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Back in the ‘80s, action oriented television shows for the most part weren’t as violent or gritty as today’s offerings like 24 that push the envelope of violence on the tube. There was, and still is, only so much you could get away with on network television in the genre which has contributed to most action oriented television programs either appearing more frequently on cable than on network airwaves and fewer of them on the schedule over the years with far more dramas packing the schedule, especially since television is a far friendly ground for programs in that broad genre.

MacGyver: The Complete First Season
The limitations placed on these types of network programs, such as Knight Rider, The A-Team and Walker: Texas Ranger make those that do air seem quant and outdated nearly the instant they are aired, much less two decades later in some cases with what I like to refer to as play violence—no one is ever brutally killed and there is never any blood. The producers of ABC Television’s MacGyver, however, took a different approach to the conventional action oriented show back in 1985 than their contemporaries. Instead of showing unrealistic action on television, they created a character who abhorred the idea of picking up a gun to simply blow the bad guys away and avoided direct action whenever he could, thus avoiding the need to feature most of the lame action that dragged down other action programs at the time.

Known throughout much of the show’s run by only his last name, MacGyver (Richard Dean Anderson), whose first name, Angus, was revealed several seasons later, is an agent for an organization known as The Phoenix Foundation, a government think tank that is called upon when all other options have run out. Armed with only his trusty Swiss Army knife and mullet, MacGyver uses his vast knowledge of science and creativity to get out of, and sometimes into, any particular situation by crafting the perfect solution out of whatever materials are at hand. Along with his best friend and Director of Field Operation for The Phoenix Foundation, Peter Thornton (Dana Elcar), MacGyver helps protect the nation’s security and aids the helpless, all while evading many of his past girlfriends and usually throwing in a wholesome message for the viewers at home along the way.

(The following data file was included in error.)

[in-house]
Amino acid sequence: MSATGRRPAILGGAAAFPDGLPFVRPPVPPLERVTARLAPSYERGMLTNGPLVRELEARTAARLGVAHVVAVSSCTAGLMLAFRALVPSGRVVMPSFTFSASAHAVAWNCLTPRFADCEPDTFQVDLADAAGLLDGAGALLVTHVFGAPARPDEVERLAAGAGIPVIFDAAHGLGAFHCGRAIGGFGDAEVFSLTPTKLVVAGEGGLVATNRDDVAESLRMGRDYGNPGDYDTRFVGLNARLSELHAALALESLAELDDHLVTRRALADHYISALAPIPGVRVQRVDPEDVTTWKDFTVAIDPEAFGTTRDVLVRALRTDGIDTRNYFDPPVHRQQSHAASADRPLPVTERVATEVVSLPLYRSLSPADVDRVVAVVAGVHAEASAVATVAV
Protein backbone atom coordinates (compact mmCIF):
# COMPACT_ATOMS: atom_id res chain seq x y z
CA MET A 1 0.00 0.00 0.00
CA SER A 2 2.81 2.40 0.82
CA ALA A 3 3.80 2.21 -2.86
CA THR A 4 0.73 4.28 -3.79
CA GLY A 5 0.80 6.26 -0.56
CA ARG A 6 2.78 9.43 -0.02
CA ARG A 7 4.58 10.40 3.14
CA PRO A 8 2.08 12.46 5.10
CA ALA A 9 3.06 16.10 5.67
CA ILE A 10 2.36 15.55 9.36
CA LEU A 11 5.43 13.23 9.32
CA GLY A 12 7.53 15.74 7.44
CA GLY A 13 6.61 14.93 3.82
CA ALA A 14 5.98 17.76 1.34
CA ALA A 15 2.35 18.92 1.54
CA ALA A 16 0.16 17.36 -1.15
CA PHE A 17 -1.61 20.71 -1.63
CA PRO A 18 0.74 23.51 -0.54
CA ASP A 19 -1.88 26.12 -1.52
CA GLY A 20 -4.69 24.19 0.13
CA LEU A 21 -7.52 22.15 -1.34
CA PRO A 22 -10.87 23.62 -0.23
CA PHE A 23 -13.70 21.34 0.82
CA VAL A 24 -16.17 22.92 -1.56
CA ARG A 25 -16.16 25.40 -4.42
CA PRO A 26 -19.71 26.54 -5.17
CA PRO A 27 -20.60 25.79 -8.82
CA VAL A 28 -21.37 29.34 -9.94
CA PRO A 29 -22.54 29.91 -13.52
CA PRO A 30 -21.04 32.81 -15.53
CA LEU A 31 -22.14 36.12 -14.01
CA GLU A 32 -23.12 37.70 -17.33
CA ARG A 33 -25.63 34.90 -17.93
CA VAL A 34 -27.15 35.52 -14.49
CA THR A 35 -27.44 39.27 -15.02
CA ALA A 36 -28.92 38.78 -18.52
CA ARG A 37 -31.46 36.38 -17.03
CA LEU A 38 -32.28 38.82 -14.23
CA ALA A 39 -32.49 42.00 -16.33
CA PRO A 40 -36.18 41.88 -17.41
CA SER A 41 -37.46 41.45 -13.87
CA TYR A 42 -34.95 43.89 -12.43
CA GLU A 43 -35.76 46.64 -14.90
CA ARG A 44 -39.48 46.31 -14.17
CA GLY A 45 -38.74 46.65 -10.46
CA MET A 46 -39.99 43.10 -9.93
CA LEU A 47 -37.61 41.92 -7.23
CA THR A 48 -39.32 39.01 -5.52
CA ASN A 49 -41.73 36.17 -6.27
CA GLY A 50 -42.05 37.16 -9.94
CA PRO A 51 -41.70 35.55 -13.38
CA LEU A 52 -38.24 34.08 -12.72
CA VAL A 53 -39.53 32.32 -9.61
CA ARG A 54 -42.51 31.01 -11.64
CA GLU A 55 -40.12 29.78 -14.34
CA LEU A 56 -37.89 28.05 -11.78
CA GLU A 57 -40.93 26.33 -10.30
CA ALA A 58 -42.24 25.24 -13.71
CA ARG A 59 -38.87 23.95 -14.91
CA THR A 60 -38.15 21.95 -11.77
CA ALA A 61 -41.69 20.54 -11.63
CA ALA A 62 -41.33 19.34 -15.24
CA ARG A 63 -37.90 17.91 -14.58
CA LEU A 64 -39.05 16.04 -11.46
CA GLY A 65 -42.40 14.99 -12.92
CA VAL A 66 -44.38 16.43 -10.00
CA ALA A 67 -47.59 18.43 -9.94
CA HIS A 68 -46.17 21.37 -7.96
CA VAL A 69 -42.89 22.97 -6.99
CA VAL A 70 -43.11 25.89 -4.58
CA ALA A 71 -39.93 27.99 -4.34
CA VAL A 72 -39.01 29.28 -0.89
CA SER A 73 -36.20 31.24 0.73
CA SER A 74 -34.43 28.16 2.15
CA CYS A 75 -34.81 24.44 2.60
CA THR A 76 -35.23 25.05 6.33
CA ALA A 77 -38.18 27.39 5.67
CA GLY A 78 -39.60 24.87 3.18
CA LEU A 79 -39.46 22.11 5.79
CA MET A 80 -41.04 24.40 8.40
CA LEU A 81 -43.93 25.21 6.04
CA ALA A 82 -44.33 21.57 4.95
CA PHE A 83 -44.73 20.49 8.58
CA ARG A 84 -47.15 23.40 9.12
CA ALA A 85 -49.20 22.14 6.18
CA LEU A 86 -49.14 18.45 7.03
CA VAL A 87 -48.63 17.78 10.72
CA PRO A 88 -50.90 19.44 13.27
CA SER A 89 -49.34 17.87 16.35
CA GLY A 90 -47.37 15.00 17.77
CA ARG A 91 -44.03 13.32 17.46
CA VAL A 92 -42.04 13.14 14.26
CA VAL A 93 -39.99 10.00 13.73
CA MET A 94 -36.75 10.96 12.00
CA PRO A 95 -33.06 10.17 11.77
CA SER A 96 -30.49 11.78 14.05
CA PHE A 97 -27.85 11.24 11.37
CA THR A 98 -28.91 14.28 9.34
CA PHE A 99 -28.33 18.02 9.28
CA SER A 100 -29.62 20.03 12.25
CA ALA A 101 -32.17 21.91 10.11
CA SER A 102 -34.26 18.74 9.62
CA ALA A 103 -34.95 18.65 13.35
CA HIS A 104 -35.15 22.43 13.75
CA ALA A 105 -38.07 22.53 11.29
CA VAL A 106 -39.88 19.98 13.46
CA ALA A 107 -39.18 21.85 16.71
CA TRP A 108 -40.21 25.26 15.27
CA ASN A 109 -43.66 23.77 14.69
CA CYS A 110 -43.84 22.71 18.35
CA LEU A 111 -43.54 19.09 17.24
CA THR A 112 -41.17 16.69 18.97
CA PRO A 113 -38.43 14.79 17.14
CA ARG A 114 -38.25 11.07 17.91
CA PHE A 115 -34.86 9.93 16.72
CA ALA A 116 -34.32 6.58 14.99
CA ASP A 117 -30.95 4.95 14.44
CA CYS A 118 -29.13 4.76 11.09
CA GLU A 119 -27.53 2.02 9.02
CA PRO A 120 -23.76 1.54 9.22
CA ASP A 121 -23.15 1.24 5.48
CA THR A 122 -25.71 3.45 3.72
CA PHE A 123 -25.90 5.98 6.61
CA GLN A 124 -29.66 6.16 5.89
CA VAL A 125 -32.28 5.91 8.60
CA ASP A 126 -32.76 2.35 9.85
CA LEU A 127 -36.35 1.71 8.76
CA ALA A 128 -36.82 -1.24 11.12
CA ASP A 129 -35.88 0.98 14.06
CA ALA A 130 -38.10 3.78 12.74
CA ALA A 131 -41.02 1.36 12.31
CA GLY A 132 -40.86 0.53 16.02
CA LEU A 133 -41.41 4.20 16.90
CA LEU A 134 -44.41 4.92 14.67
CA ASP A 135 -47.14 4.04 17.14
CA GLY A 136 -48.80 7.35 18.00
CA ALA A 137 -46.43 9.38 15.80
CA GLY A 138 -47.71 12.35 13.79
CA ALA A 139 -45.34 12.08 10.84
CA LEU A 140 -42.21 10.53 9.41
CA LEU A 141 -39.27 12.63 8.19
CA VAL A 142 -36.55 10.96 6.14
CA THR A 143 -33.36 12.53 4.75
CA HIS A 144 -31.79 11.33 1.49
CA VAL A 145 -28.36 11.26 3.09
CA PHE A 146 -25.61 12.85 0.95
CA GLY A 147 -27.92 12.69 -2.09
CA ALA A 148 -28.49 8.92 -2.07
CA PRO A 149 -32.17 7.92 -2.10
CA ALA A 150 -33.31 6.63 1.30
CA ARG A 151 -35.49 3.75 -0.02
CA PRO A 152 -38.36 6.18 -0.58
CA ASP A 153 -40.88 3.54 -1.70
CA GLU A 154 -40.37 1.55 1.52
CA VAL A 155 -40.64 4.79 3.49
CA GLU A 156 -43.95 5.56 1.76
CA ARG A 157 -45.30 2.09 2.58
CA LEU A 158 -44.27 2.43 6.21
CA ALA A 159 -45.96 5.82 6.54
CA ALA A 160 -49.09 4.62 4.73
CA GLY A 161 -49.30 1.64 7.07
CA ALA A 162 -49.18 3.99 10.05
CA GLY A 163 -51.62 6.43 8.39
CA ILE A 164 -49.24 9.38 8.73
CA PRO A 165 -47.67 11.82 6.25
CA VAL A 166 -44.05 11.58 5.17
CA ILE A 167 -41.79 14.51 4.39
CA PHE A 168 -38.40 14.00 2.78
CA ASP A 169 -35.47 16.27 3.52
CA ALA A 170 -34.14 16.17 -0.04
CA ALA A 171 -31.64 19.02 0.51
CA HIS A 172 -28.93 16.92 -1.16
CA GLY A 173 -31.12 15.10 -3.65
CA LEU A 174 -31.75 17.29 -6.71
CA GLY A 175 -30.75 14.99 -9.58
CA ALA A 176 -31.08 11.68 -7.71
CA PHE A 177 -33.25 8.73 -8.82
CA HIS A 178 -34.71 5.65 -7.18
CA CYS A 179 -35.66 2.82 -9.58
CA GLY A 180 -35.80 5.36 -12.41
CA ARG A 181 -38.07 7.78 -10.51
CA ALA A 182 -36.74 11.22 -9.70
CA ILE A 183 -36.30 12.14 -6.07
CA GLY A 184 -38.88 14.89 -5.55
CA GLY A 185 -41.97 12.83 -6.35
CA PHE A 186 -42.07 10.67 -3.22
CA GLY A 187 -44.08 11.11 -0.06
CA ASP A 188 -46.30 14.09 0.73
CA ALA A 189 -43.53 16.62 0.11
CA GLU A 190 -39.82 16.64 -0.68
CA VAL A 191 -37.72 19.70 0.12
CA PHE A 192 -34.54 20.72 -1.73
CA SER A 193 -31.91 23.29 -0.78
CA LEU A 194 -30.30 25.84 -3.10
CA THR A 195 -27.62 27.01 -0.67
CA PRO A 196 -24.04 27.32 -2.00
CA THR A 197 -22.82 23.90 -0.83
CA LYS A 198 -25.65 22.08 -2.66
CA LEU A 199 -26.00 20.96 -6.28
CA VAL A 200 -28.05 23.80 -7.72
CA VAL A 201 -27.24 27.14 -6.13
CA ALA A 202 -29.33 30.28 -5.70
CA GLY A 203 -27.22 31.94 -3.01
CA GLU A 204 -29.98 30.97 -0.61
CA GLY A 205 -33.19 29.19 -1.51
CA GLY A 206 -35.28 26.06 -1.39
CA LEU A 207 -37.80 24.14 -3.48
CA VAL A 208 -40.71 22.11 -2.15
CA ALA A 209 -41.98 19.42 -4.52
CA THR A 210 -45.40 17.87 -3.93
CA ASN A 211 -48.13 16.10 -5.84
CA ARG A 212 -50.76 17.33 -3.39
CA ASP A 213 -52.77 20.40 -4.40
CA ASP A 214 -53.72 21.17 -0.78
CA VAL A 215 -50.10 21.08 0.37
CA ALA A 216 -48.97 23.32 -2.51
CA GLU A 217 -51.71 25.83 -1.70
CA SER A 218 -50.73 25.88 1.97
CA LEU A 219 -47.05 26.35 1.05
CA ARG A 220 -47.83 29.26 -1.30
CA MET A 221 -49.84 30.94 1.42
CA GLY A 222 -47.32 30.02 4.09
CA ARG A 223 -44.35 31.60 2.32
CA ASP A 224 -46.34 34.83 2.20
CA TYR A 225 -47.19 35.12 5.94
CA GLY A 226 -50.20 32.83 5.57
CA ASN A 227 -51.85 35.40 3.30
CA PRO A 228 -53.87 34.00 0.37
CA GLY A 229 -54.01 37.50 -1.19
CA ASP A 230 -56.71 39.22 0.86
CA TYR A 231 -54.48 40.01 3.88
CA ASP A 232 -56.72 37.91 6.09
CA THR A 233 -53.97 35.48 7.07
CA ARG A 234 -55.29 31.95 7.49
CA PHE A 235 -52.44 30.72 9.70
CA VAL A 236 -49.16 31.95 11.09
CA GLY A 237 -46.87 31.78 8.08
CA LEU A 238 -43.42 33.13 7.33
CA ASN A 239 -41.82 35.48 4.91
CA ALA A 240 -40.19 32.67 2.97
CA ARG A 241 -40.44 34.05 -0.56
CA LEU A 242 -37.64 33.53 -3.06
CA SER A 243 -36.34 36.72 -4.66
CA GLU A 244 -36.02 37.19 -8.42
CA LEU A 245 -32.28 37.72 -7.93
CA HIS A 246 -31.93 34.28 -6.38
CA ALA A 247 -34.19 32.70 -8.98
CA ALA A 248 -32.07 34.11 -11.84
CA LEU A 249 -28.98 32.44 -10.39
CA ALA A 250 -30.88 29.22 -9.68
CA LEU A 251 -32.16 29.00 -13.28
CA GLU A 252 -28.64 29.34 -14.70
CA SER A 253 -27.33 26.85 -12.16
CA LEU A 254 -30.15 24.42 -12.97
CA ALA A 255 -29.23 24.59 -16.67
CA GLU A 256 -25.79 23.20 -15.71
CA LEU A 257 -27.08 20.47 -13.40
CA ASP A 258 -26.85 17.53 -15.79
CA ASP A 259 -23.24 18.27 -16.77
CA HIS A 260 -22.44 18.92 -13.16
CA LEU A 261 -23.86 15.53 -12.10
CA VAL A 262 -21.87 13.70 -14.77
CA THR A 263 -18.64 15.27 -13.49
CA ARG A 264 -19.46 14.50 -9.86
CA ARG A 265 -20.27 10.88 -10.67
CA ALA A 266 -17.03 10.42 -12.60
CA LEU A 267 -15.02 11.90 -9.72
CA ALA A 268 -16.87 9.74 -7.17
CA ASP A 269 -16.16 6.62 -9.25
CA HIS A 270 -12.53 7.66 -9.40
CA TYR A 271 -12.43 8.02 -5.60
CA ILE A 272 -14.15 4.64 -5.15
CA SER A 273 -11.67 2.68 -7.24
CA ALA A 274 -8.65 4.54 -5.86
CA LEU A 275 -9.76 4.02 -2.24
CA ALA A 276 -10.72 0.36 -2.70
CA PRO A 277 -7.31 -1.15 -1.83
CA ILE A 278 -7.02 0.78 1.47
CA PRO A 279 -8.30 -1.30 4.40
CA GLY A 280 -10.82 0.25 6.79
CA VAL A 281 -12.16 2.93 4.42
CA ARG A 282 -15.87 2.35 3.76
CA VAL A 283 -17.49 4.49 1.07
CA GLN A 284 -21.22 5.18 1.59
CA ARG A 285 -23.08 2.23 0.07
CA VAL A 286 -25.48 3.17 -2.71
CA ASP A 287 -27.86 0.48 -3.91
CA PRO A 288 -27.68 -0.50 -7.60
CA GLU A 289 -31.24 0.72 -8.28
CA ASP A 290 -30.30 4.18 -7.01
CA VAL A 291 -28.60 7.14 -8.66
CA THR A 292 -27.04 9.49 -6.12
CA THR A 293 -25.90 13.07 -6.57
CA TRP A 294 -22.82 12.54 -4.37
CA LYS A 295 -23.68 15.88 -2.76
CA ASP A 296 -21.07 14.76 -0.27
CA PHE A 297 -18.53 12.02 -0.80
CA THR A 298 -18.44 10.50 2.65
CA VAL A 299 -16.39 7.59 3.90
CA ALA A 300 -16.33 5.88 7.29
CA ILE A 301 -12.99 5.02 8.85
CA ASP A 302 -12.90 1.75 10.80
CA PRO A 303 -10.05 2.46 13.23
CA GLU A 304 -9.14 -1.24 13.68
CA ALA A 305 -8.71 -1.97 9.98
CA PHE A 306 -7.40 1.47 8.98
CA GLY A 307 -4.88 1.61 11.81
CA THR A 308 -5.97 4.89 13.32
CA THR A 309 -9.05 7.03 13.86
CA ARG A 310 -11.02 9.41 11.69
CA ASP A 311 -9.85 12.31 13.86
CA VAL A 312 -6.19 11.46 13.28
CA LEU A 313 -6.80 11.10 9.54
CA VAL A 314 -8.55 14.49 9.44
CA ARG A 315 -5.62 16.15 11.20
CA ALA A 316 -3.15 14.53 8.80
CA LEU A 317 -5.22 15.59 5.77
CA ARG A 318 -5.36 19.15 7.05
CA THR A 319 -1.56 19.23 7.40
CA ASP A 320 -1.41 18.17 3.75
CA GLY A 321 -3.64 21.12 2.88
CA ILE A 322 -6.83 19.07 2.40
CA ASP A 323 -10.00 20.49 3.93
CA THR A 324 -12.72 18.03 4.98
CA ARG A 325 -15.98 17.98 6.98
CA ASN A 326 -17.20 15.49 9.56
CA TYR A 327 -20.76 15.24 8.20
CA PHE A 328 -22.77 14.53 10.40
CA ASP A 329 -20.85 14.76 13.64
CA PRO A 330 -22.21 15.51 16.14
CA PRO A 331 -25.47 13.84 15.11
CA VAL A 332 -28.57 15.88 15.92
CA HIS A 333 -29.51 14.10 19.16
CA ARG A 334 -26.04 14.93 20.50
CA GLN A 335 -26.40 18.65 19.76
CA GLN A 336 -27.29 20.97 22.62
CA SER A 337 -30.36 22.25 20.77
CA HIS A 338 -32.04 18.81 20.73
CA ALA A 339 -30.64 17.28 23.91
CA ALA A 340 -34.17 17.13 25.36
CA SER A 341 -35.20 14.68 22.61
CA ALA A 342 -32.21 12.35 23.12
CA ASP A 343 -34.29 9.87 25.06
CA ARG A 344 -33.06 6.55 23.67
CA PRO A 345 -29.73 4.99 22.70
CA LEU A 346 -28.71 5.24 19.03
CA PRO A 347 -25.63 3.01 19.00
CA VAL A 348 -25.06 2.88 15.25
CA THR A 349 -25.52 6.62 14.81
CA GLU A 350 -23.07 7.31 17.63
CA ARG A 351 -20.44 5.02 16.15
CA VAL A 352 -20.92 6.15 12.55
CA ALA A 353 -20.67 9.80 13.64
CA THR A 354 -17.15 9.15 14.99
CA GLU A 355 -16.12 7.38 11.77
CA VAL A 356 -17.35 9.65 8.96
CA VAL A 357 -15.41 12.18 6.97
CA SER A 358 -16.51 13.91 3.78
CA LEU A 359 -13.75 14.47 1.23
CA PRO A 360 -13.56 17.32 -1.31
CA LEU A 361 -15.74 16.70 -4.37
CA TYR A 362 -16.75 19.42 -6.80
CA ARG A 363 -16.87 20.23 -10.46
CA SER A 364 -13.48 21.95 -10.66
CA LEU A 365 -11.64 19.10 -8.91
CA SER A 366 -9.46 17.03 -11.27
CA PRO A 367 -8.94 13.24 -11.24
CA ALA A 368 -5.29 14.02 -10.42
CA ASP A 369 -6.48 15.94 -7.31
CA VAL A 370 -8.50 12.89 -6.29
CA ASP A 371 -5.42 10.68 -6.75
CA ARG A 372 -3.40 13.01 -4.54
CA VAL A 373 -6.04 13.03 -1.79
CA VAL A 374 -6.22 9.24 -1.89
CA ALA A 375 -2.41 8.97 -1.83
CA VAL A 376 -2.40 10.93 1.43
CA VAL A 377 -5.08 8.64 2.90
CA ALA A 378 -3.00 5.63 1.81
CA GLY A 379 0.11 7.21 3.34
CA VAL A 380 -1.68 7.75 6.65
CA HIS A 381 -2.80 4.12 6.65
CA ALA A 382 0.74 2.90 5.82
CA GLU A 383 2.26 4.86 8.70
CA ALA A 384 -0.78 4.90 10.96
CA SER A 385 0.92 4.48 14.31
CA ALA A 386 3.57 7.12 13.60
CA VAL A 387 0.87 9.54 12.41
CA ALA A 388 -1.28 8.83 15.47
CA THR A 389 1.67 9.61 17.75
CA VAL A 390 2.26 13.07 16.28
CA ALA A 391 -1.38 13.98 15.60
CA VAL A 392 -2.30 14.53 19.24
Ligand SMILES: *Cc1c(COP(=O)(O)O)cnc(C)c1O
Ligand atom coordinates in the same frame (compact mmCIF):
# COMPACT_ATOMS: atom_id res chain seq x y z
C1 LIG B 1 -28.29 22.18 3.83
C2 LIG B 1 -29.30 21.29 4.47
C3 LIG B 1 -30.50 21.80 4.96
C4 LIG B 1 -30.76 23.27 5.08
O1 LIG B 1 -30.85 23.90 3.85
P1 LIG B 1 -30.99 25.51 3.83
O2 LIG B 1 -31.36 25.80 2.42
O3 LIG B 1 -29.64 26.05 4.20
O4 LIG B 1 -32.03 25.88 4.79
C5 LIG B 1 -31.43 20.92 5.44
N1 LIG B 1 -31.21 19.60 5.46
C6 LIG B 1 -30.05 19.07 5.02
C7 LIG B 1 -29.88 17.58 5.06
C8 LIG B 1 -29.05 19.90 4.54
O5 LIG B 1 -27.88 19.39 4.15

Like most programs, much of MacGyver’s first season saw the show attempting to find its footing. Many of the initial ideas in the show’s pilot episode never appear again in the series, such as Michael Lerner’s Gantner character who was the prototype for Peter Thornton, MacGyver living in an observatory, and MacGyver’s nameless, teenage friend played by Diff’rent Strokes alum Shavar Ross. Mac even fires a gun in the opening teaser for the pilot episode, something that was later removed from syndication airings of the first episode. The show finally hits its stride, however, with the eleventh episode entitled ‘Nightmares’. Although not a particularly great episode by any means, it does introduce the Peter Thornton character to the series and begins a relationship that would become the heart of the show for its entire run.

I hadn’t seen any episodes of MacGyver in a number of years before sitting down to watch these DVDs, and to my surprise the show has held up better than I initially thought it might since its debut nearly twenty years ago. While some of the story lines aren’t as intricate and there really isn’t an arc to the season as in most of today’s programs, and at times the show is down right cheesy, MacGyver has held up better than most of its contemporaries due to the main character being different than anything seen on television before or since. I had a good deal of fun trying to figure out what Mac would build next in order to get himself out of any particular jam, or ‘MacGyverisms’ if you will, and liked the overall good, easy going nature of the character. I also enjoyed picking out the show’s several guest stars such as Teri Hatcher who played a reoccurring role on the show as Penny Parker, Star Trek: Deep Space Nine’s Nana Visitor, Peter Jurasik from Babylon 5 and Q himself, Jon de Lancie. Overall I would say that I liked the series well enough based on this first season that I might just watch it when it appears on my television guide while channel surfing from time to time.